By Rogers Wanambwa
American author Colson Whitehead won his second fiction Pulitzer for The Nickel Boys, a riveting and exceptional story that pulls the reader into the 1960's world of racism and the usually untold horrors that were inflicted upon black men and women in America.
The book's opening is a scene of an ongoing investigation into the deaths of some young boys (the Nickel Boys) and is a premonition of the entirety of the 161-page novel, as he throws a chilling "even in death, the boys were trouble," opening line.
The book is based on an actual boys' school and the horrific treatment they received, the Dozier School for Boys, a now-closed juvenile reform school in the Florida Panhandle, where former students have told stories of beatings and sexual abuse and investigators have found dozens of unmarked graves.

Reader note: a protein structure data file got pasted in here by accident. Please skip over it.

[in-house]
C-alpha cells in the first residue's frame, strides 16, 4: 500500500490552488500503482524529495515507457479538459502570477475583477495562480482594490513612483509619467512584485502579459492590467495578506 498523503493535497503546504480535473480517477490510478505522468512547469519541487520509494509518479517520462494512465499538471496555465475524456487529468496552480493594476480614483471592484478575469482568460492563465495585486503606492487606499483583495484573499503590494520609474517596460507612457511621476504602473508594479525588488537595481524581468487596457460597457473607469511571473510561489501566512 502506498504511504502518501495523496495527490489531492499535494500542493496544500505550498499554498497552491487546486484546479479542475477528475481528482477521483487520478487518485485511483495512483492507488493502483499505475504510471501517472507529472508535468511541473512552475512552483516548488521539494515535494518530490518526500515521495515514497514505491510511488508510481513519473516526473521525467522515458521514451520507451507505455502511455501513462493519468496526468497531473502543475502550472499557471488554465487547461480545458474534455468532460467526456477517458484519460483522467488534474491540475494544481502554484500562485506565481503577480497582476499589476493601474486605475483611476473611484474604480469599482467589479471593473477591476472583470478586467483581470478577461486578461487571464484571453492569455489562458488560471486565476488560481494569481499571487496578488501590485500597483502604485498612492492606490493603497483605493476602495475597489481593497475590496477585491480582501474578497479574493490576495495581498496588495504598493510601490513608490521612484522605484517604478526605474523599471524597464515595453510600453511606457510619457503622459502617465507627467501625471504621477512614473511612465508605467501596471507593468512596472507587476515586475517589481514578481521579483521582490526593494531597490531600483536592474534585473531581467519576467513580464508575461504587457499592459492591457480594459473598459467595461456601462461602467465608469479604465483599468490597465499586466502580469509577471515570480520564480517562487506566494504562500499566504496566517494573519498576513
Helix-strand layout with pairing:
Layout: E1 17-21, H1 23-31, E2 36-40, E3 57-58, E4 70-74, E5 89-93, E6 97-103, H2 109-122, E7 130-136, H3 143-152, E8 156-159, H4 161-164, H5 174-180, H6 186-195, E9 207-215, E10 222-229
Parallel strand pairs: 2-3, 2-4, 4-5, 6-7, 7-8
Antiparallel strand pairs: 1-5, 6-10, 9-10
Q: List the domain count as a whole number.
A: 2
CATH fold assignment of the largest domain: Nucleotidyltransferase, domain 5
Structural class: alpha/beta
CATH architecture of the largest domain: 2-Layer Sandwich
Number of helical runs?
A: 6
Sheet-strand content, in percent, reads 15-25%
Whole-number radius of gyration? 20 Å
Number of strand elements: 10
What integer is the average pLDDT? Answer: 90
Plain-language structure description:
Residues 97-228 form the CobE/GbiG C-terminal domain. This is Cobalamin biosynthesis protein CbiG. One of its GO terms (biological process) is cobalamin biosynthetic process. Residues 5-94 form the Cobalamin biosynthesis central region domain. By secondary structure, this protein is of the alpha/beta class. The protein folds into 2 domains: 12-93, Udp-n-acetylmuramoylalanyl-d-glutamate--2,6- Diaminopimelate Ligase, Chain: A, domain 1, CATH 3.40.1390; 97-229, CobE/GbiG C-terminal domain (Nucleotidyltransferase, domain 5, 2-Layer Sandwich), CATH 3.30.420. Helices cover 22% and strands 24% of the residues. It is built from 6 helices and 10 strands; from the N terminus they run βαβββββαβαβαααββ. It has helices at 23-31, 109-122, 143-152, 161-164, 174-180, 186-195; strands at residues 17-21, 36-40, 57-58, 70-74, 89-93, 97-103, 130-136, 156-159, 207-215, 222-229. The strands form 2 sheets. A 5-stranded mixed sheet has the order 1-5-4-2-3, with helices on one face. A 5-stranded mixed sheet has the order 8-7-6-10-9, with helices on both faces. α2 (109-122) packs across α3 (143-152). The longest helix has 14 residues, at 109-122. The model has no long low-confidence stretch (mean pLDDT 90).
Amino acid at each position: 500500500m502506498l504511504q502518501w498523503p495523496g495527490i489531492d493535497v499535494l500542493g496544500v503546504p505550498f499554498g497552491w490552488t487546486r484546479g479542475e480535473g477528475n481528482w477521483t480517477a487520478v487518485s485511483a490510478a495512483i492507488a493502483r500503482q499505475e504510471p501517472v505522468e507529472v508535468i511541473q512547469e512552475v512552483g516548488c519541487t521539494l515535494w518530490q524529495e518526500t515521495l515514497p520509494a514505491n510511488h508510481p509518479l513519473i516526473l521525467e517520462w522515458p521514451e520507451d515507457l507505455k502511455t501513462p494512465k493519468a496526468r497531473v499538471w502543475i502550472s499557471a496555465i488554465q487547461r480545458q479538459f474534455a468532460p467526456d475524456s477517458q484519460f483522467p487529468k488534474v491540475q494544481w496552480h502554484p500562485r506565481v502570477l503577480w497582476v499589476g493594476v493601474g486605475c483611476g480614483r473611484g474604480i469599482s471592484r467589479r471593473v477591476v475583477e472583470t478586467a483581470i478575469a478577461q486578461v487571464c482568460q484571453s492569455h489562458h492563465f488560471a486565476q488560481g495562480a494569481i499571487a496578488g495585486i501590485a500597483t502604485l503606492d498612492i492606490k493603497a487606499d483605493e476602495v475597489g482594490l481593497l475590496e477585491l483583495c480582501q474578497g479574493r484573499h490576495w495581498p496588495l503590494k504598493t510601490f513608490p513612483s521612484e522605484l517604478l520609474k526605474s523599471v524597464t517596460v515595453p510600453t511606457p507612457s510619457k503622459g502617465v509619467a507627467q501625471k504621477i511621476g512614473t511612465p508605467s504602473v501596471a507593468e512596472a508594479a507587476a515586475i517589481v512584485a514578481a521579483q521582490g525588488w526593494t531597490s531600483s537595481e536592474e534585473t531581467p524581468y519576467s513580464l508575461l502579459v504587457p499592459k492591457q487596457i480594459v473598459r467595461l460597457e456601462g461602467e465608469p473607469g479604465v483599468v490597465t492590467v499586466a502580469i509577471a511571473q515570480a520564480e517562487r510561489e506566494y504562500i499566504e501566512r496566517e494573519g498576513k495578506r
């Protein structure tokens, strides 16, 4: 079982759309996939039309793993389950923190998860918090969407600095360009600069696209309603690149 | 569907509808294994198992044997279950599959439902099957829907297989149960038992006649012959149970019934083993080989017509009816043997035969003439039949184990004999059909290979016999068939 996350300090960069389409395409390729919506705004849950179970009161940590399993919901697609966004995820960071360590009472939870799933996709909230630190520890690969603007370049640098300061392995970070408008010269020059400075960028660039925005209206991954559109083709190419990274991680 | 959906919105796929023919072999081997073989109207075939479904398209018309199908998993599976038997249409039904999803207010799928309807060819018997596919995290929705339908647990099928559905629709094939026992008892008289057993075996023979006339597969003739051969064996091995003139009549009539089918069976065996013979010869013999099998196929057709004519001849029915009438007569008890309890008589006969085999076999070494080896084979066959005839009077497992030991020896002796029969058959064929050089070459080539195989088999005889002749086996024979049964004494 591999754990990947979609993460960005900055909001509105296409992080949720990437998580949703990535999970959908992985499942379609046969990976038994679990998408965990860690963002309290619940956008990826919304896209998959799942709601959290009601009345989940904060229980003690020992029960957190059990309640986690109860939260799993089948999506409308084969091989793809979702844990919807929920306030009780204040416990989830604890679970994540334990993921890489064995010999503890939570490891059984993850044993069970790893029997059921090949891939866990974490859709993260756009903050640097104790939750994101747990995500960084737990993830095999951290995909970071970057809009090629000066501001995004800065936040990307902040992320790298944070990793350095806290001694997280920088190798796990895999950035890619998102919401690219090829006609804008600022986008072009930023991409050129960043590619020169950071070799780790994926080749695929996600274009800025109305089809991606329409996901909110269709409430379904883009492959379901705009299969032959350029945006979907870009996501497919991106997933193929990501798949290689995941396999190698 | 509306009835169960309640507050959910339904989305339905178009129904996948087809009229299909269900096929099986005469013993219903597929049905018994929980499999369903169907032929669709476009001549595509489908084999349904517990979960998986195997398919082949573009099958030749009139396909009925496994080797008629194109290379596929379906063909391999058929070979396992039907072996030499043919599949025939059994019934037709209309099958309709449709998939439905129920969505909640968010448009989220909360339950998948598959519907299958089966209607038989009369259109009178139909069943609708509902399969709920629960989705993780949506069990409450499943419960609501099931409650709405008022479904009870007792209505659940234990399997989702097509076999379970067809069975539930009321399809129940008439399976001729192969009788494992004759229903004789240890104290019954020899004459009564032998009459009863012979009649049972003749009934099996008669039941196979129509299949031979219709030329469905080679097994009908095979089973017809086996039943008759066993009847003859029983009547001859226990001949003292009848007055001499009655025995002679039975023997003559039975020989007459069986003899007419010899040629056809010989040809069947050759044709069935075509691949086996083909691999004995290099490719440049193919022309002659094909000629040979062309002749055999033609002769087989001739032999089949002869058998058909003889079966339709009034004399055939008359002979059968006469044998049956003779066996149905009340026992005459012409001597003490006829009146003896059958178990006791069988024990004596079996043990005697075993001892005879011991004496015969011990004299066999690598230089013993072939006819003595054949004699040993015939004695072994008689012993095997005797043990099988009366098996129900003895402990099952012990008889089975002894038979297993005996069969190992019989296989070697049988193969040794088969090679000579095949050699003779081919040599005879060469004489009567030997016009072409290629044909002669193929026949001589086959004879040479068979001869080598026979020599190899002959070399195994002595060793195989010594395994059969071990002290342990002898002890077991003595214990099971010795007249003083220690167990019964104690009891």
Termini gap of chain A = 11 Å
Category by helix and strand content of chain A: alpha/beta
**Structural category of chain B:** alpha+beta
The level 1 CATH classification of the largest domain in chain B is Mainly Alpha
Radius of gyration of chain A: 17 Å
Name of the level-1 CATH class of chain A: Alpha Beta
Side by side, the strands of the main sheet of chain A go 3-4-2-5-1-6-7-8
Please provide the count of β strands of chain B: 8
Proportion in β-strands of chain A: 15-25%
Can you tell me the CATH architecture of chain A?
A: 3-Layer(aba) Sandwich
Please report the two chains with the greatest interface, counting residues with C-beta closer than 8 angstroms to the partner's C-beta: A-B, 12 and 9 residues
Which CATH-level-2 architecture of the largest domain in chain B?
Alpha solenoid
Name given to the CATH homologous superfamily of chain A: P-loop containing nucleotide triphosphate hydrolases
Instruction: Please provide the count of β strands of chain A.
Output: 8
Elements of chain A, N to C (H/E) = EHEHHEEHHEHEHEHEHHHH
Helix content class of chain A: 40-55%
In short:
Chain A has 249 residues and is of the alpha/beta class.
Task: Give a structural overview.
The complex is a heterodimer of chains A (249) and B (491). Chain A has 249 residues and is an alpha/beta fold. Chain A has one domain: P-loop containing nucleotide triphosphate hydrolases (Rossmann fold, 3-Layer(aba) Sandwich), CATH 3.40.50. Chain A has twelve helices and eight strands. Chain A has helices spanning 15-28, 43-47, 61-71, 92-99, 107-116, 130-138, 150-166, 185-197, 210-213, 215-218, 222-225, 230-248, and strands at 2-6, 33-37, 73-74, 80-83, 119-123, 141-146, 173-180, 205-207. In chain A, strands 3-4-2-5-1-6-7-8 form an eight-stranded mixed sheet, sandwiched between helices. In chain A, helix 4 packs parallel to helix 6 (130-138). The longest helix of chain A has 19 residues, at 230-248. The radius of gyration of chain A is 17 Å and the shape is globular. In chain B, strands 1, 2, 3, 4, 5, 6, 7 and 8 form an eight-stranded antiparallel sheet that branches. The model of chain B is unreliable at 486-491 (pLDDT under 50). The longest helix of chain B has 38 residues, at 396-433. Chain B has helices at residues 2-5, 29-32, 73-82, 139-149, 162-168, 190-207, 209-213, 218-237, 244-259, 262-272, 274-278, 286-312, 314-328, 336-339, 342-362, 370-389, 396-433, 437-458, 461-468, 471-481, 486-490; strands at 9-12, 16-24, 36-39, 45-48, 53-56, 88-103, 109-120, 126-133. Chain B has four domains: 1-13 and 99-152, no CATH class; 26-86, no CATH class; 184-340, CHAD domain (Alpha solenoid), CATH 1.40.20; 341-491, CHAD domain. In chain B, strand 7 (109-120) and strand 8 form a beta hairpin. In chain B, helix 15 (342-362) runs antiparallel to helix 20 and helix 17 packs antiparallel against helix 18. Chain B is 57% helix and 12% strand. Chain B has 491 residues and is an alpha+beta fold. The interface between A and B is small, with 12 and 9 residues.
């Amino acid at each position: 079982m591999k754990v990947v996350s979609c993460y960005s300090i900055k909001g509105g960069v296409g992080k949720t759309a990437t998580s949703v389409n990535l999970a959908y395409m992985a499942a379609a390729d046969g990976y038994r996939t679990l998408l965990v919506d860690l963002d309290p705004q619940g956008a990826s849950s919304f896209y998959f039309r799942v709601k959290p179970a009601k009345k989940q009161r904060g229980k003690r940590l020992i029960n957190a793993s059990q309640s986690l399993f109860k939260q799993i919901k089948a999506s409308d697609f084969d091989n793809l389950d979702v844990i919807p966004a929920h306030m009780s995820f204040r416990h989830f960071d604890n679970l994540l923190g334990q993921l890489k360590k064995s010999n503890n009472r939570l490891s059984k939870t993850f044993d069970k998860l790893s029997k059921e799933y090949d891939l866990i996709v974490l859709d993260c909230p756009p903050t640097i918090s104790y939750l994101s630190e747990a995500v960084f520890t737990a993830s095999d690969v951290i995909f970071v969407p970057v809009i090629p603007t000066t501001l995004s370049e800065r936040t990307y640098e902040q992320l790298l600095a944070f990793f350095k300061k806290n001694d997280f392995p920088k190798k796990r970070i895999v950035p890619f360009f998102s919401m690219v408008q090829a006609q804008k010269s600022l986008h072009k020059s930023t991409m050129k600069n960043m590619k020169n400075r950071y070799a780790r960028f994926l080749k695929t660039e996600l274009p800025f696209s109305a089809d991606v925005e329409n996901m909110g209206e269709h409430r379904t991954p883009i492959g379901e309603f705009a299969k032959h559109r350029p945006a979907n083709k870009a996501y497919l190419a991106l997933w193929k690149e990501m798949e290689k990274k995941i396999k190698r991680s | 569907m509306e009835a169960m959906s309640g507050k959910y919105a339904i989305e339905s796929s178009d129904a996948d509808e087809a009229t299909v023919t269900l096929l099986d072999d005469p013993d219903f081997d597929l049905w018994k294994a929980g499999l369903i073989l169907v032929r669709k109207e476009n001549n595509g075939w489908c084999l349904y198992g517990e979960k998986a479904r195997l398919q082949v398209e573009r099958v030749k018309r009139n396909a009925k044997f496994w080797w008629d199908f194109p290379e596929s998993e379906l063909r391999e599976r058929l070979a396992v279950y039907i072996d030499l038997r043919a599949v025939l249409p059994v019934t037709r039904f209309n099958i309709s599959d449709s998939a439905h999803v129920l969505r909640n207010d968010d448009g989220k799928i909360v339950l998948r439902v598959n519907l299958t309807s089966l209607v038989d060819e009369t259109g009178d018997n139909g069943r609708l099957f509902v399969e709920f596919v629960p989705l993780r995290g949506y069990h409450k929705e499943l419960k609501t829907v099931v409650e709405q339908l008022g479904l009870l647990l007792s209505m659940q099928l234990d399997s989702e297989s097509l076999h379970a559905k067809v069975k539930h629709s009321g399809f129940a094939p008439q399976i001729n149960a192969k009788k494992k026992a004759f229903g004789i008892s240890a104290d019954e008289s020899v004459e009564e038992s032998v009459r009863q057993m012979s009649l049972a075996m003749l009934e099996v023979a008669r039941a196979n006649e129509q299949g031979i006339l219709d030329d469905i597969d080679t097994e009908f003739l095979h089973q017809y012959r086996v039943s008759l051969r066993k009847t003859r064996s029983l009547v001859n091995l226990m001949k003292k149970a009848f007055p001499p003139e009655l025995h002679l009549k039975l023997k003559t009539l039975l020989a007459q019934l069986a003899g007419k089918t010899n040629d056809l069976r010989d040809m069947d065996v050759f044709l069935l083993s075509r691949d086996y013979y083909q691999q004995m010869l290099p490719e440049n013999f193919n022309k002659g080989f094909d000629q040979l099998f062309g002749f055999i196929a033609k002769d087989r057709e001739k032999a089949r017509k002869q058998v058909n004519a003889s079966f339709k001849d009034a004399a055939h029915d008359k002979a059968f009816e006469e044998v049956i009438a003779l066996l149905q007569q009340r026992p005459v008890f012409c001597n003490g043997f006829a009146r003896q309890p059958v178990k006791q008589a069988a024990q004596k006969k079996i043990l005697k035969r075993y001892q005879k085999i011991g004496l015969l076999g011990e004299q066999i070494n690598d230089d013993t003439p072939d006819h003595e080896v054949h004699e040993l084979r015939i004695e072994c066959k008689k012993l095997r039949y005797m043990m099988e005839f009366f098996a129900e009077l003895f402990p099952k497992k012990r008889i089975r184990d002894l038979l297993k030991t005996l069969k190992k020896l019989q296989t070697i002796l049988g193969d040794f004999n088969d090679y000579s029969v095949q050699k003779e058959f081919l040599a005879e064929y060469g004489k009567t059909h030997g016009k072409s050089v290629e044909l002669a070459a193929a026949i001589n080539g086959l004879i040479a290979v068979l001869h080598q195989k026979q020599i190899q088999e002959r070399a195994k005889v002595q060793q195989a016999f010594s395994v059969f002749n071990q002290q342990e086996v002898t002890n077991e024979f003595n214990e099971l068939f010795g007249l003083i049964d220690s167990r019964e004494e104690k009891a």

“She kept a sugarcane machete under her pillow for intruders, and it was difficult for Elwood to think that the old woman was afraid of anything. But fear was her fuel,” says Elwood Curtis, the protagonist of the novel, on his grandmother and their insecurity.
In the novel, Whitehead also hints on different types of violence and abuse amongst people, like domestic violence, child defilement and rape, beatings amongst other things and how many people turn the other way even after knowing about such.
He is also critical on the justice system that claims to be spread thin and delays to do its job of following up on reported issues especially if they are from poor societies.
However, the book also points to a different story. A story of perseverance and zeal. Of never letting anything boggle you down and of always and always having your light burn inside you.
It tells of the strong hearts of black men that have endured, and still endure a lot, but never give up - a lesson that perhaps is very crucial in this quarantine period and the oncoming aftermath thereof.